« Last Edit: June 27, 2021, 10:51:13 pm by Whales »
 
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Offline DiTBho

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Re: Allwinner's H3, which Linux kernel?
« Reply #7 on: June 27, 2021, 11:46:16 pm »
What is OpenICBM?

For which terms the Rockchip's rk3308 is better than Allwinner's H3:
For better kernel support?
For less thermal issues?
For better performances (I see, it's a Cortex A53, and the ram is DDR4)?

I can consider the NanoPi NEO3-LTS, but I have to unsolder all the connectors.

  • FriendlyARM   NanoPi NEO/Core, Allwinner H3, Quad-cores Cortex-A7 @ @400Mhz..1.2GHz, 256MB..512MB  DDR3
  • FriendlyARM   NanoPi NEO3-LTS, RockChip RK3328, Quad-core Cortex A53 @400Mhz..1.3GHz, 1GB..2GB DDR4, 1x USB3.0, 2x USB2.0,
 

Offline Whales

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Re: Allwinner's H3, which Linux kernel?
« Reply #8 on: June 28, 2021, 12:01:12 am »
What is OpenICBM?

It's a joke.  I'm trying to guess what you're up to.  ICBM = inter-continental ballistic missile.

I don't know if the boards I mention are better or not, I just mention them in case you get frustrated with the H3 and want some more options to contemplate.  Info in the SBC world is rather scattered, so I thought sharing them might help.

Offline DiTBho

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Re: Allwinner's H3, which Linux kernel?
« Reply #9 on: June 28, 2021, 12:02:13 am »
In the meanwhile, I have already arranged four testing boxes
  • kernel-3.4.39-H3 (untouched, assumed stable, needs testing)
  • kernel-4.14.52-H3 (PLL hacked, CPU clock forced to 500Mhz, SMP disabled)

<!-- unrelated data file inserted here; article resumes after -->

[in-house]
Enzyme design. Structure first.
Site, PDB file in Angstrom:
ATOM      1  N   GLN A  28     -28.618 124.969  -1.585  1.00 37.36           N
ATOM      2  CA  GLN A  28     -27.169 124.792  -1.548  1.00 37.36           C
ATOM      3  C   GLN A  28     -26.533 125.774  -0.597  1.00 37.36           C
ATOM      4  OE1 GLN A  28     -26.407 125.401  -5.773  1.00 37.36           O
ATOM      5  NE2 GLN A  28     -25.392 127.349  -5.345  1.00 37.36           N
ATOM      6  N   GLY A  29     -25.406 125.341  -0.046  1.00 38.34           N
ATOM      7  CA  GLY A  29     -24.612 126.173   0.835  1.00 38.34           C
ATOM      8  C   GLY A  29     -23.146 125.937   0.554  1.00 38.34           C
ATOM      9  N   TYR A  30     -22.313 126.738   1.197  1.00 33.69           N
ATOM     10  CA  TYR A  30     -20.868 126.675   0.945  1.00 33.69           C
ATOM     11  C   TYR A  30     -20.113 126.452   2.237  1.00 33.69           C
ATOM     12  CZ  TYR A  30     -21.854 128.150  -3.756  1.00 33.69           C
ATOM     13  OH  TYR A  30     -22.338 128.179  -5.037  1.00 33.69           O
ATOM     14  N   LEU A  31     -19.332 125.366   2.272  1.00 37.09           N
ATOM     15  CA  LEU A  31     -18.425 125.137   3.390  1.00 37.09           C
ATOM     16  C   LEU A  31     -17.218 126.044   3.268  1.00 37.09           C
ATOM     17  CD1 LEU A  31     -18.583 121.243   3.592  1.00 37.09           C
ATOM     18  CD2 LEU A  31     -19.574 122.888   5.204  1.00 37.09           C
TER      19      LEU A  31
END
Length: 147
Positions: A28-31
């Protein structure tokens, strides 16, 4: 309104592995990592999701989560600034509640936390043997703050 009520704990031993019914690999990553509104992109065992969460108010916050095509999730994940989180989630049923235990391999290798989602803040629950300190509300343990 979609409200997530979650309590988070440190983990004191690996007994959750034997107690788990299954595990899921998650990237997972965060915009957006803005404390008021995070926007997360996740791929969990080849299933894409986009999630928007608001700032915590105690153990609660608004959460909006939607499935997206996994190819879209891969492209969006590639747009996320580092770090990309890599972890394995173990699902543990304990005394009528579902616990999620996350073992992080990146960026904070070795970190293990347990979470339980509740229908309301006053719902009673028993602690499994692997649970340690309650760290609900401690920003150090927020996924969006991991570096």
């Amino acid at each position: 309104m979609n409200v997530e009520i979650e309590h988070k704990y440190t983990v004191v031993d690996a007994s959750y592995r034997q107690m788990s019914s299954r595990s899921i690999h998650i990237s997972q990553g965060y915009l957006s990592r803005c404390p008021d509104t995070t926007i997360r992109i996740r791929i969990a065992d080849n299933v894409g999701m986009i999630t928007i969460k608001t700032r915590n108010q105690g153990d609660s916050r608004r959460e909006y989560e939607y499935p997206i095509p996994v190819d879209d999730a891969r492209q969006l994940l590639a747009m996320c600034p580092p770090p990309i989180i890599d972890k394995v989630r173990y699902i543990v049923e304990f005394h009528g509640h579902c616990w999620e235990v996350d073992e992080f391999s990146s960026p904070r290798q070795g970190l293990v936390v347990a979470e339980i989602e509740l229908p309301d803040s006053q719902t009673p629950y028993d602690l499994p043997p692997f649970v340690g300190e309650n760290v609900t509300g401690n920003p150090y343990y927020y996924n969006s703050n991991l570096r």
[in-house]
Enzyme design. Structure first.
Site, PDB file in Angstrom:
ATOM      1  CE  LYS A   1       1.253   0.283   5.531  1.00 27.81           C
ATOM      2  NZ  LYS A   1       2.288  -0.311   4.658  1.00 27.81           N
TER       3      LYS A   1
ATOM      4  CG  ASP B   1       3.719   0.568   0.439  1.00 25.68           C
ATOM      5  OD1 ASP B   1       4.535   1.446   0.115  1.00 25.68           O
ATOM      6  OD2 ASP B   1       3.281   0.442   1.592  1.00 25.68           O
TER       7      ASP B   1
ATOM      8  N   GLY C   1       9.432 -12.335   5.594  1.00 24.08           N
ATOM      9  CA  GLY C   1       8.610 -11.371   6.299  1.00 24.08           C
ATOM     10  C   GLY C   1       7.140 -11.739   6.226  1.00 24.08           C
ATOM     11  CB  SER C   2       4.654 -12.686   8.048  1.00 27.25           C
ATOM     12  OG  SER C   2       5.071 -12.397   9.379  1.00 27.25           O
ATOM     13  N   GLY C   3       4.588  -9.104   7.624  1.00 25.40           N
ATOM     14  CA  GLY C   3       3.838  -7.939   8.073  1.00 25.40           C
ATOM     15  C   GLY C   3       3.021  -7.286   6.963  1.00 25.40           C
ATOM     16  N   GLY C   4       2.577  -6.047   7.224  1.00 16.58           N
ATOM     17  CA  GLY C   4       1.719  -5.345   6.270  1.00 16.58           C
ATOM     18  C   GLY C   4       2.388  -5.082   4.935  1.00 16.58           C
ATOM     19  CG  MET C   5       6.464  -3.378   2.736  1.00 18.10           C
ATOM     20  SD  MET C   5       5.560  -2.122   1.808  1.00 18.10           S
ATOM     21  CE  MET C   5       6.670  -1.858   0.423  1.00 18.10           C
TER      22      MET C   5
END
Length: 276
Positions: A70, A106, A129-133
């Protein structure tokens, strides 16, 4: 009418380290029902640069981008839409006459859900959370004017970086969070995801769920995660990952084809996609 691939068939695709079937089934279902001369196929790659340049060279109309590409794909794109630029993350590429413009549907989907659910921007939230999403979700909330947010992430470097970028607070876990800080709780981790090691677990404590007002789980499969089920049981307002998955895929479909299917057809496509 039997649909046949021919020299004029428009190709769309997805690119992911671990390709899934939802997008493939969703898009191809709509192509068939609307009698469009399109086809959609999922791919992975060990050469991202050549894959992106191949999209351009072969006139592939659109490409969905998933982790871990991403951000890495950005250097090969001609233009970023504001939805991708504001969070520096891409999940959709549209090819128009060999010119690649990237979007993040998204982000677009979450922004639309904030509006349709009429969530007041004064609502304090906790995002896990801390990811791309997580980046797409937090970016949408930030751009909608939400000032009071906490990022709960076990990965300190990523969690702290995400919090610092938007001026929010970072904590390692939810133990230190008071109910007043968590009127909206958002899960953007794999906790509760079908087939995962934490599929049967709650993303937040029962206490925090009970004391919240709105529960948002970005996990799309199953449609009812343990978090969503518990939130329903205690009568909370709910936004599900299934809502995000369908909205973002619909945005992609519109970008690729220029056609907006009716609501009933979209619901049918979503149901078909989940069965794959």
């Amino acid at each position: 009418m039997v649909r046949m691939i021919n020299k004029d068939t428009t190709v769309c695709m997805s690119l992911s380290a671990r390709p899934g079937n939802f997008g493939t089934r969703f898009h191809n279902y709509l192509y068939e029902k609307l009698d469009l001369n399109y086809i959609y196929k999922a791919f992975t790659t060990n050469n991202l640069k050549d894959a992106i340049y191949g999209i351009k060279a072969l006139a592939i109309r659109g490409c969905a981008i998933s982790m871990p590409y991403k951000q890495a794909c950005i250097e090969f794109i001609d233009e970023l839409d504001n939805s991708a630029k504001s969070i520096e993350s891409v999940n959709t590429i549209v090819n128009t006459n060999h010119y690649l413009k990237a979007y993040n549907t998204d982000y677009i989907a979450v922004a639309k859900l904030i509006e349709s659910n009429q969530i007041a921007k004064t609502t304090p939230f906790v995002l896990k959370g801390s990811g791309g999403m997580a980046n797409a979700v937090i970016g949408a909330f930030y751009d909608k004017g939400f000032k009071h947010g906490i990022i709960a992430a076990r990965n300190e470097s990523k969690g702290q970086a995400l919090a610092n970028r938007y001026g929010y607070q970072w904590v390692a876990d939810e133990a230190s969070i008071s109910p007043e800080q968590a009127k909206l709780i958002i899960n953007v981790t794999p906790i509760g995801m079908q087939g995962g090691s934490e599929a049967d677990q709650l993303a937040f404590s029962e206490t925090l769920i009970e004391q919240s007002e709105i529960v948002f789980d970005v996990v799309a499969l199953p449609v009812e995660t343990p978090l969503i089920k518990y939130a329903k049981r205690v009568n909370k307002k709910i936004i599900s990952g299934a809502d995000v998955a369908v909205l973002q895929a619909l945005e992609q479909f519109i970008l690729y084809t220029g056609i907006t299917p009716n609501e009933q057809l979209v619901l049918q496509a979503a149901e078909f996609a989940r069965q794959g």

• kernel-4.14.52-H3 (PLL hacked, CPU clock forced to 500Mhz, SMP enabled)
  • kernel-5.13.0-H3 (untouched, just cloned from the DietPI's repository)
The rootfs is an uclibc stage loaded with an heavy benchmark program to stress the CPU and check the temperature. I will test the first three during this week.
 

Offline DiTBho

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Re: Allwinner's H3, which Linux kernel?
« Reply #10 on: June 29, 2021, 04:08:47 pm »
As usual .... DietPC and these distos, are all a mess of broken things

Code: [Select]
=> env save
Saving Environment to FAT... Card did not respond to voltage select!
Failed (1)

U-boot, as installed by DietPC
 

Offline bingo600

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Re: Allwinner's H3, which Linux kernel?
« Reply #11 on: June 30, 2021, 01:47:13 pm »
I have been using "Armbian" on my OrangePi's
But haven't made any kernel mods yet.

/Bingo
 

Offline DiTBho

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Re: Allwinner's H3, which Linux kernel?
« Reply #12 on: July 03, 2021, 01:32:50 pm »
k4.* doesn't properly work, too many repositories, all messed up.
I give-up with kernel v4.*

Good news, K5.1* start to move. I am with 5.12.0
- 1core/SMP: works!
- 3 serial lines: work
- 3 usb lines: work
- usb otg: disabled
- clock fixed to 500Mhz
- no overheating

I will spend the next week fixing u-boot.
 

Offline Whales

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Re: Allwinner's H3, which Linux kernel?
« Reply #13 on: July 06, 2021, 11:57:54 am »
- no overheating

Hooray :)  Glad you're getting it to work.  Publish your stuff if you can.

I presume you're fixing the clock so you can fix the vreg setting to something low and not worry about anything more complicated?

Offline DiTBho

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Re: Allwinner's H3, which Linux kernel?
« Reply #14 on: July 07, 2021, 08:56:27 am »
I presume you're fixing the clock so you can fix the vreg setting to something low and not worry about anything more complicated?

Yup, precisely.